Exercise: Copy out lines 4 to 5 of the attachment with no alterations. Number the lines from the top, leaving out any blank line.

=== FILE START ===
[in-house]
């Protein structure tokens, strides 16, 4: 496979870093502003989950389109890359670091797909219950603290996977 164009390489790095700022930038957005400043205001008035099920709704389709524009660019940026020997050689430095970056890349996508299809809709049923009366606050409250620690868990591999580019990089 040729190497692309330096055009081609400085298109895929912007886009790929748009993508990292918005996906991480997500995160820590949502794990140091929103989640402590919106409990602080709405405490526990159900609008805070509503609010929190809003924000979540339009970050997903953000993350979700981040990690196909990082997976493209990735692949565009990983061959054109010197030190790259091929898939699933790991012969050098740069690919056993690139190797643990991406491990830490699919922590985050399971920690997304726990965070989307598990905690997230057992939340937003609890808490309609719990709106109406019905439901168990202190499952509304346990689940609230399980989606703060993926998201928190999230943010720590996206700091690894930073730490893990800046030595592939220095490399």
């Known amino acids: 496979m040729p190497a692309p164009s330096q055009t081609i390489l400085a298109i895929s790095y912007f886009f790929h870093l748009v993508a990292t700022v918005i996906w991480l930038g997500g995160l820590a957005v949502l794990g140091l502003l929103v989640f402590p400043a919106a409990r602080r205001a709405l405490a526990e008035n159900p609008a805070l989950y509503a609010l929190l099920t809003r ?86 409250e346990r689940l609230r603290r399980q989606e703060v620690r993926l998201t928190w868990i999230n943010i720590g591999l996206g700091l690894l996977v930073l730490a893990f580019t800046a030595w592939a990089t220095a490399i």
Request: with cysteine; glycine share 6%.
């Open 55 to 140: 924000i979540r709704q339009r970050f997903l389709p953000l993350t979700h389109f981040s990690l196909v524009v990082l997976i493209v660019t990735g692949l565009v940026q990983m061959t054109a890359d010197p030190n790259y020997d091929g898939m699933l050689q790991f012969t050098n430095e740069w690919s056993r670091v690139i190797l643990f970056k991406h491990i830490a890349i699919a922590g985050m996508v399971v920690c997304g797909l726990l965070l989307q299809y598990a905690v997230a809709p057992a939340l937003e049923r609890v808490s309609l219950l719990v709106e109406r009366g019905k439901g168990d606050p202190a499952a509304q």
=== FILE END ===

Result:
Request: with cysteine; glycine share 6%.
């Open 55 to 140: 924000i979540r709704q339009r970050f997903l389709p953000l993350t979700h389109f981040s990690l196909v524009v990082l997976i493209v660019t990735g692949l565009v940026q990983m061959t054109a890359d010197p030190n790259y020997d091929g898939m699933l050689q790991f012969t050098n430095e740069w690919s056993r670091v690139i190797l643990f970056k991406h491990i830490a890349i699919a922590g985050m996508v399971v920690c997304g797909l726990l965070l989307q299809y598990a905690v997230a809709p057992a939340l937003e049923r609890v808490s309609l219950l719990v709106e109406r009366g019905k439901g168990d606050p202190a499952a509304q």